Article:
Miniature Donkeys

Appearance, Characteristic, Size



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Miniature Donkeys

General Appearance

What Are You Looking For?

The Miniature Donkey should be attractive, sound, strong and sturdy. The animal should be well-balanced as the various parts blend together in a nicely coupled, compact picture. It should have an alert expression and "presence"; Jennets should look feminine and slightly more refined and jacks should be relatively stocky and masculine. A maximum height of 36" at the withers, measured at 3 years, is accepted by the Miniature Donkey Registry. Overall bone should be strong and in proportion to the size of the Donkey and muscle development.

Overall balance in conformation and adequate bone is necessary for work, such as carrying packs and pulling carts efficiently.

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Origination and Characteristics

Miniature donkeys are native to the Mediterranean islands of Sicily and Sardinia. They are identified as either Sicilian or Sardinian donkeys according to their ancestry, although the two types do not differ. They have been extensively bred with each other and with animals of unidentified ancestry in the United States to produce a distinctively American breed of donkeys, which we call the Miniature Mediterranean Donkey. According to all information that can be acquired these donkeys are nearly extinct in the land of their origin and have been brought to their current state of being an excellent breed by breeders in the United States who have bred for years for size, disposition and conformation.

There are probably about 10,000 of these donkeys in the United States today but there is not an accurate account of them because they are not all registered. A registry was established in 1958 by Danby Farm in Nebraska and is now a part of the American Donkey and Mule Society in Denton, Texas. Approximately 15,000 of these donkeys have been registered since the inception of the registry but many more exist in unregistered herds. The breed is defined by size. The adult miniature donkey must not be more than 36 inches tall when mature, measured from the highest point of the withers to the ground.

Characteristics  ....continue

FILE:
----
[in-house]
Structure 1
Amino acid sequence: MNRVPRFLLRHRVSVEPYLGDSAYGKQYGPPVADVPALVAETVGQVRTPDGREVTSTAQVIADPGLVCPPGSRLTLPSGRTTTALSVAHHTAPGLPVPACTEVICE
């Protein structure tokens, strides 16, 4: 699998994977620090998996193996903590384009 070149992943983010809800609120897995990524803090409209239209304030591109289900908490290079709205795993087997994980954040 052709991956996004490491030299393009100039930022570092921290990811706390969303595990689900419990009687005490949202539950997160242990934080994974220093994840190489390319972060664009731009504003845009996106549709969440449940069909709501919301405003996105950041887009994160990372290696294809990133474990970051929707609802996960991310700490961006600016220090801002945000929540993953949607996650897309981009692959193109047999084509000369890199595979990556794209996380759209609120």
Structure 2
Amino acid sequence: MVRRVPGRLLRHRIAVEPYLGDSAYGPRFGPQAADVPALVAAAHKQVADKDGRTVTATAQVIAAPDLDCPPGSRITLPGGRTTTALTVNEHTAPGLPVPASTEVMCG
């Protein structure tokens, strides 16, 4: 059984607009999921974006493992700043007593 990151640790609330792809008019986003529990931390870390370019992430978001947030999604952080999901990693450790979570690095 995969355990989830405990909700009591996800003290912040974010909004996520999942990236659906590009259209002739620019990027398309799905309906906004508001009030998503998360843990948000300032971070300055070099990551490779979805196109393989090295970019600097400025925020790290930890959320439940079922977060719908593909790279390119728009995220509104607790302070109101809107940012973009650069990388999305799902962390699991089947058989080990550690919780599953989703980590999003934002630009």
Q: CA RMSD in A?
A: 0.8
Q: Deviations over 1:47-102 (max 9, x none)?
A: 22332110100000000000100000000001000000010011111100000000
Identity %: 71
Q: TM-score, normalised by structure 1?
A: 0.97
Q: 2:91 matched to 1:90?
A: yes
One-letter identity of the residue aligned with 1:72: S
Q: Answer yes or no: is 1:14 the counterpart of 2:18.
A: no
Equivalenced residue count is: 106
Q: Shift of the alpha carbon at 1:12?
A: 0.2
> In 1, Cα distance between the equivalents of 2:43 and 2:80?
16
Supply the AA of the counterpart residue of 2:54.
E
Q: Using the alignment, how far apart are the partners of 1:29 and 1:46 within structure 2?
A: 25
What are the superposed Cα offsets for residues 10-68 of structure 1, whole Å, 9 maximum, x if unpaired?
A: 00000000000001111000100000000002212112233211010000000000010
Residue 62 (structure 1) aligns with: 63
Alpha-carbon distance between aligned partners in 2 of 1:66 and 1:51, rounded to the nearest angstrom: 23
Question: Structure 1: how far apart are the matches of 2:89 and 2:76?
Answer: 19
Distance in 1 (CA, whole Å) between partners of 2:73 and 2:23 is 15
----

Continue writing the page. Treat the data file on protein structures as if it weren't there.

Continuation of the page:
Size of Donkey

Donkeys come in a variety of sizes from the Miniature Mediterranean (under 36 inches) to the elegant Mammoth Jackstock (14 hands and up ). The rare French Poitou donkey, characterized by it's huge head and ears, and very thick, shaggy, curled black coat, can stand 14 to 15 hand high. (There are estimated to be about 400 purebred Poitous left in the world today.)

The types of donkeys are labeled by their sizes;

36" and under, Miniature Mediterranean

36.01-48", Standard

48.01" to 54" (jennets) or 56"; (jacks), Large Standard

54/56" and over, Mammoth Stock

Colors of Donkeys

Donkeys come in a variety of colors. The most prevalent color for Miniature Donkeys is gray-dun which consists of a gray colored body, light colored nose - or dark colored nose -, light colored belly and inside legs, with a dark color dorsal stripe down the back and over the shoulders. The dorsal stripe is known as the donkeys cross. There are variations of this gray-dun from dark to light. Donkeys can range in color from black to white and everything in between. True blacks are rare with black/browns (not quite black) being more common. There are chestnut/sorrels which are various shades of reddish brown. There are also white donkeys and "spotted" donkeys. Some people refer to spotted as "pinto", "piebald" or "skewbald" and this really boils down to semantics. Spotted donkeys are generally gray, black or brown and white. There are also various colors of roans. Roan coloring is black, brown, gray hairs intermingled with white hairs. Donkeys do not breed true to color. Since gray-dun is by far the predominant gene, you can breed black to black and get gray-dun, spotted to spotted and get gray-dun, etc. Colors other than the typical gray-dun makes the donkey more exotic looking therefore increases their price.









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